“You know that the eyes of love aren’t blind, they are wide open…you realize how ordinary it is to love the beautiful, and how beautiful it is to love the ordinary.”
— Marius Vieth
When I travel, I find that I enjoy the everyday neighborhoods and local groceries, libraries and post offices almost as much as I do the world famous tourist spots. It’s a habit I picked up from my parents; no matter where we would travel, we usually took the public transportation and avoided pricey tours. Jeff and I continued that tradition, because he too preferred independent exploring over group itineraries.
When I was planning my trip to Oxford, I scheduled a couple of extra days following the end of classes. I wanted to have plenty of time to get from Oxford to Heathrow, and had always wanted to see the Royal Botanic Gardens (also known as Kew Gardens) just outside London. Feeling a bit adventurous, I booked an Airbnb lodging on a residential street within an easy walk of the Gardens and the Underground station. I was hoping I wouldn’t regret my first-ever experience with the intriguing service, which promised to offer something more than a typical hotel could sell at any price.
It was a lovely way to end my trip. I stayed at the home of a congenial Italian family who had been living in Britain for seven years or so, and built a cozy one-room studio near the back wall of their garden. It was a quiet neighborhood where I felt safe walking around in the evenings, enjoying the famed English gardening skills on full display at almost every home I passed.
I suppose that living so near to Kew Gardens might provide an extra incentive to indulge one’s love of flowers, but I saw such displays everywhere I went in England. I don’t know how much I might have noticed them if I were driving past in a car. There was nothing spectacular about the modest neighborhood where I stayed; it certainly didn’t compete with the charming cottages of the Cotswolds, or the stately buildings of Oxford, or the gorgeous mansions of Belgravia. But if someone asked me which I enjoyed most, my day at Kew Gardens or my quiet evening walks in the Richmond neighborhood just outside its gates, I would have to think about it for a long time to answer accurately. In fact, I thought about it before writing this post, and I’m still not sure of the answer. I think it must be “both.”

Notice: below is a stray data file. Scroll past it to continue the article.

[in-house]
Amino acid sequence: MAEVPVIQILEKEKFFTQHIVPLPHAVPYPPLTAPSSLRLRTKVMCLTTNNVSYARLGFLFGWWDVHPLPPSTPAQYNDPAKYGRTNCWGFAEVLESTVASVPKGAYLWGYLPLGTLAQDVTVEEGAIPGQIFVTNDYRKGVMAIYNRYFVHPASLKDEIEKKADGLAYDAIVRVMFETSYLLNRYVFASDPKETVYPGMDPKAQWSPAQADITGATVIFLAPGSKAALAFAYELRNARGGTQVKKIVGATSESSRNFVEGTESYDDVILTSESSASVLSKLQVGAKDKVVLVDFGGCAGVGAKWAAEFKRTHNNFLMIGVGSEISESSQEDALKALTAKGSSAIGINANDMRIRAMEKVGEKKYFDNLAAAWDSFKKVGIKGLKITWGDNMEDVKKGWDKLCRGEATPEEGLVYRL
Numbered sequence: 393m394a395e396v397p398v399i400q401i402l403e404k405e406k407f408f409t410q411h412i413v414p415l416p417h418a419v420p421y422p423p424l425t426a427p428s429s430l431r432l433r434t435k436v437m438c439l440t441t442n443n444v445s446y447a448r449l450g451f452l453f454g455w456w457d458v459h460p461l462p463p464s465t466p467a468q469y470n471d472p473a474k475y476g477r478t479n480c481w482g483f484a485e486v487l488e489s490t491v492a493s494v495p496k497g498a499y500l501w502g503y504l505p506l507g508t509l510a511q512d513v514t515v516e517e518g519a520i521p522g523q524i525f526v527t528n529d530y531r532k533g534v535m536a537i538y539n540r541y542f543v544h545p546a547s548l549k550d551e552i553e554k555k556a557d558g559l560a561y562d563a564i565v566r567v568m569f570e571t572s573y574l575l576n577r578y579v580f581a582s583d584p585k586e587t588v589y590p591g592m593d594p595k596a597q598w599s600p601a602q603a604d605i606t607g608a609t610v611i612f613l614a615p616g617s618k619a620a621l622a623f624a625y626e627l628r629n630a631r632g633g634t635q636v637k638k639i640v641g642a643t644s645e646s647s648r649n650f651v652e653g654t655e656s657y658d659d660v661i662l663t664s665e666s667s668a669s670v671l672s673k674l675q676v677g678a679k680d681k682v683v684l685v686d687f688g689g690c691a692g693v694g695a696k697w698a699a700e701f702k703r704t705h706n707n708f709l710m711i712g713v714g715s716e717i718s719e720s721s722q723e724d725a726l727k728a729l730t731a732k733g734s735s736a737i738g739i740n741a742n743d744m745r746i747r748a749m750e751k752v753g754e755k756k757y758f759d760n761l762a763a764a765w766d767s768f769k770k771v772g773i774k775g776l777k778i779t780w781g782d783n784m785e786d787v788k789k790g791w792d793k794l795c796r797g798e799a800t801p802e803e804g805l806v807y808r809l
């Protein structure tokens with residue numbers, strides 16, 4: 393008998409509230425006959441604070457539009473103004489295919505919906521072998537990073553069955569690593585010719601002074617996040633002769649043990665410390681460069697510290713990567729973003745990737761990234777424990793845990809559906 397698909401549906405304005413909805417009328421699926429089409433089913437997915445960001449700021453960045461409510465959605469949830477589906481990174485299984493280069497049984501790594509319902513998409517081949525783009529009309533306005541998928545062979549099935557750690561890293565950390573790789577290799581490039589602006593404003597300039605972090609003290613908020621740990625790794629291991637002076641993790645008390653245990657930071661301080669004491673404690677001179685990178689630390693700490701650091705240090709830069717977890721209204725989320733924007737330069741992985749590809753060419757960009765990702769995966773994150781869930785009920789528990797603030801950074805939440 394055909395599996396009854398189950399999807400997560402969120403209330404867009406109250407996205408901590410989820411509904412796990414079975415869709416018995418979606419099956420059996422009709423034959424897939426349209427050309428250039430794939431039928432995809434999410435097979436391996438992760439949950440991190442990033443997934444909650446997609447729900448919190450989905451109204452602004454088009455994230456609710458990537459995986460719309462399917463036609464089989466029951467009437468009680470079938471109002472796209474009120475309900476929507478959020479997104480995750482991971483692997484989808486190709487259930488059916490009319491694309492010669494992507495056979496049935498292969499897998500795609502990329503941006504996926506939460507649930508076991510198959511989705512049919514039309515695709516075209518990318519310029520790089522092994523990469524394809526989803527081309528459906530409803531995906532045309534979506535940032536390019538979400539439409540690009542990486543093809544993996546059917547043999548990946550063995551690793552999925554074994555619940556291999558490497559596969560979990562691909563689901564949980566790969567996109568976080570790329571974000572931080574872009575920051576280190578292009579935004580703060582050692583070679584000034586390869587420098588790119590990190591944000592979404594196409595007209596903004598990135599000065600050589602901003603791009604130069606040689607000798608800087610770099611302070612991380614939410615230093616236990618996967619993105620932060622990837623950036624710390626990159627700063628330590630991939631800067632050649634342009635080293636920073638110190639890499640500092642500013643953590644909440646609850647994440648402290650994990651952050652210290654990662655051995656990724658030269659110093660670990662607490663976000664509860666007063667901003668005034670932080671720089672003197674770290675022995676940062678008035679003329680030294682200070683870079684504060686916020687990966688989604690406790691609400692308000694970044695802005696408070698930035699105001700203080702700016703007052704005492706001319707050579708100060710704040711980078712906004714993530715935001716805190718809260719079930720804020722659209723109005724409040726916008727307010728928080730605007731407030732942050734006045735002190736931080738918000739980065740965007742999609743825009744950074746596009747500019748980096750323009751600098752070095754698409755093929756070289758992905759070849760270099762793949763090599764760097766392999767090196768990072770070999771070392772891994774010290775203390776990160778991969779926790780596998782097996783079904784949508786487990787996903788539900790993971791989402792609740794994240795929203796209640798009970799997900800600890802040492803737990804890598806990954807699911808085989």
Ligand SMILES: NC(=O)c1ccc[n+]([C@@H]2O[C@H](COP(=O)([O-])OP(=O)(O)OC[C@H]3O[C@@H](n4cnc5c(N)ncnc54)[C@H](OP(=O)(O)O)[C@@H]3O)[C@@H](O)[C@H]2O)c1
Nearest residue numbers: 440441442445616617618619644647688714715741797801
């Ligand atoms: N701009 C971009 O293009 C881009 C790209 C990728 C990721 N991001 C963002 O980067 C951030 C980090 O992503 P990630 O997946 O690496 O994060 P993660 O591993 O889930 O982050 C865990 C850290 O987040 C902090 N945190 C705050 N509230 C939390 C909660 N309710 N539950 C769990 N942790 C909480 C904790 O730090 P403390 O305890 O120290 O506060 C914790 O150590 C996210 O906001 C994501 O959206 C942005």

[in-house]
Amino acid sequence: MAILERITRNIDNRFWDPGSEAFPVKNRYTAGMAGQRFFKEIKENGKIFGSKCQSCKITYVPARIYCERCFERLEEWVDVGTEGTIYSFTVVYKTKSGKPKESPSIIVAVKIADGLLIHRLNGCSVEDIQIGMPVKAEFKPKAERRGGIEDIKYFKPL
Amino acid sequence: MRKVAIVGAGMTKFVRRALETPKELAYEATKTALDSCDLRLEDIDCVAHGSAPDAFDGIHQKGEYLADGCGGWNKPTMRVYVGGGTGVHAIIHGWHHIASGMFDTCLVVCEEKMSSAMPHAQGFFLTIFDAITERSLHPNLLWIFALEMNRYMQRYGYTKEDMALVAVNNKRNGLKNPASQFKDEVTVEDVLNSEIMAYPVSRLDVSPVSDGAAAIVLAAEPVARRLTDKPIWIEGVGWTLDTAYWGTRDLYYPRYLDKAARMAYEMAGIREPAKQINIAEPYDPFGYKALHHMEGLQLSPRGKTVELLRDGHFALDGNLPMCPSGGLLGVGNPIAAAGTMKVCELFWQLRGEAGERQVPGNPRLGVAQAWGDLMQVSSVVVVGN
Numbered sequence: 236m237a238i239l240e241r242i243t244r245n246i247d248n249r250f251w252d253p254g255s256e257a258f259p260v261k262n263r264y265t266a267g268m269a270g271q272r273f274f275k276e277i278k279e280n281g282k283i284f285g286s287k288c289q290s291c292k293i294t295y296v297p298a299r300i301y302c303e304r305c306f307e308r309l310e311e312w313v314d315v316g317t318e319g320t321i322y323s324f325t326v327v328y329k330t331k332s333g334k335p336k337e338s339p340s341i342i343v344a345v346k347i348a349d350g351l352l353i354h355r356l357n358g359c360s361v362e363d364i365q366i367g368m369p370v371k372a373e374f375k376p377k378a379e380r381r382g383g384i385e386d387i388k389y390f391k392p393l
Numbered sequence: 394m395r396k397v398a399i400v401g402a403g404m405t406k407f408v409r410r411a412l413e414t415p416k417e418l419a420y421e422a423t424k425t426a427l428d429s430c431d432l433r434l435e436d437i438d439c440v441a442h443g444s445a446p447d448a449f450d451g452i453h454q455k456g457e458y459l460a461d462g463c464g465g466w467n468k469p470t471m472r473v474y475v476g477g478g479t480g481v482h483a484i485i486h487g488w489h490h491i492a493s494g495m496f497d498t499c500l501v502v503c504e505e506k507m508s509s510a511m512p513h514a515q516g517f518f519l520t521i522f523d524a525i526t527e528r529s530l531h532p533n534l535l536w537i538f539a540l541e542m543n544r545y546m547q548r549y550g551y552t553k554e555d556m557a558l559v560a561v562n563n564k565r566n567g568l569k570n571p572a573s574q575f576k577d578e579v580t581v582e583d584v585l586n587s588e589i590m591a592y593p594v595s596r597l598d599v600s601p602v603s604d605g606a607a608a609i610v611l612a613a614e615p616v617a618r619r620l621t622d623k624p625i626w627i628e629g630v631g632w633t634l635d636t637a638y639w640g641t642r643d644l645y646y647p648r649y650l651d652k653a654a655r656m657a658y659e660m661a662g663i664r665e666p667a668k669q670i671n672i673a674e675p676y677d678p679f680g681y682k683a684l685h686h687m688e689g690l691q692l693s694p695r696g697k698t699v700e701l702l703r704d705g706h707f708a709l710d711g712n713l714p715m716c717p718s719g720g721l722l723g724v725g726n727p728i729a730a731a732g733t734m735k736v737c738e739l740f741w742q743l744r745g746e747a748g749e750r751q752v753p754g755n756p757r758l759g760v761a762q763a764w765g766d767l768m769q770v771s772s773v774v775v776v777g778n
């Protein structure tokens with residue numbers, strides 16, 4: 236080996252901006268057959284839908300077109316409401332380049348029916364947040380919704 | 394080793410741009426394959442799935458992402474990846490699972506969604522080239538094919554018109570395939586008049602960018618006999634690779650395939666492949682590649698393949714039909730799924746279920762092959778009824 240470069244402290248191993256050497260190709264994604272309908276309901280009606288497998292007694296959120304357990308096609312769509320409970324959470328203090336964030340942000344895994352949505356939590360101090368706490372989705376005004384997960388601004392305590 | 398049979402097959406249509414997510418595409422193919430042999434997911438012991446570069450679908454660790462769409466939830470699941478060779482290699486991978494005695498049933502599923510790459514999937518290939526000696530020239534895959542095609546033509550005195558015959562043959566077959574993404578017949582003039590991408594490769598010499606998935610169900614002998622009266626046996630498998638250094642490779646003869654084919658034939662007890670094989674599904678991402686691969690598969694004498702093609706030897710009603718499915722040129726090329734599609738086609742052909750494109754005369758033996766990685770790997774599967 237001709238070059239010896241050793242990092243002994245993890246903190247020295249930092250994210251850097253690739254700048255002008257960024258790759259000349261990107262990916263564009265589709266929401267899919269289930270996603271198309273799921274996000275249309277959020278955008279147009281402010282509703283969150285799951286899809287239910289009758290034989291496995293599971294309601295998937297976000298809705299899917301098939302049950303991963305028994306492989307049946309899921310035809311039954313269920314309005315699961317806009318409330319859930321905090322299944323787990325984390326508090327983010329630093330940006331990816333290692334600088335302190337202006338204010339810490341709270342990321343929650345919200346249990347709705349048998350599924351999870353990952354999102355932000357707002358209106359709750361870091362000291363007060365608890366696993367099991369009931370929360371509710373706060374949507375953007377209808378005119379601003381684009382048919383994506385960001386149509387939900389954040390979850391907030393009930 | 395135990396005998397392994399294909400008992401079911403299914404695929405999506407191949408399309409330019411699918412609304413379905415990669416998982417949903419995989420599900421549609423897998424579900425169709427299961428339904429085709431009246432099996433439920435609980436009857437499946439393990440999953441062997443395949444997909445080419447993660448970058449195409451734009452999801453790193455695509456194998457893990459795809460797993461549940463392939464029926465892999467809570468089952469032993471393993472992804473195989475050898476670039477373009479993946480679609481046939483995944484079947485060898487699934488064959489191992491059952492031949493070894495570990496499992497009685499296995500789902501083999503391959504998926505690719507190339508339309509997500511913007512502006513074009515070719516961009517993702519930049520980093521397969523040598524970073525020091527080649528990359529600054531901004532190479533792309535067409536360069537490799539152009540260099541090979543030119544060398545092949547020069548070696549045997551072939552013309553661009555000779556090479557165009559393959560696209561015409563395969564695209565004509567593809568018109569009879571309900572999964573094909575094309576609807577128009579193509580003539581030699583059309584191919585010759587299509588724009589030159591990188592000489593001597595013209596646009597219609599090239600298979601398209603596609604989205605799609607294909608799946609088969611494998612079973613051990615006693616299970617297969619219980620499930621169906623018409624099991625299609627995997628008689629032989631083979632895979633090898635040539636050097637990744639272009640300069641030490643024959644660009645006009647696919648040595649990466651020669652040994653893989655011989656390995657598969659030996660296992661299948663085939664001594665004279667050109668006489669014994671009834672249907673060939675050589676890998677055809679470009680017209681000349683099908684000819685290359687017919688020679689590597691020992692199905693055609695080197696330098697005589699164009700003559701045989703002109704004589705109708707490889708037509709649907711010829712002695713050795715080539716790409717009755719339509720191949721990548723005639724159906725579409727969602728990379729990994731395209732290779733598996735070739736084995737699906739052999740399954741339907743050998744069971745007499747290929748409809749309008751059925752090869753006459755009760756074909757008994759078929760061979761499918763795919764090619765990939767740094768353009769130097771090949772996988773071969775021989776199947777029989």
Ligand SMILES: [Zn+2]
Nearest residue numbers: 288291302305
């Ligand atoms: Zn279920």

Things can be beautiful without being uniformly so, of course. I probably could have taken many photographs that made the area look ugly. Appreciating the beauty does not require being blind to the unsightliness that is usually present right alongside the beauty (though the camera is good at focusing in on what is best and cutting the rest).
No matter where you or I might live, if we were strolling through one of our neighborhoods together this evening during the last of the fading sunlight, I bet we could find many beautiful things to photograph. We could even take a few of those now-obligatory selfies to remember how much fun we had.
Isn’t it extraordinary to live in a world where the ordinary can be so beautiful?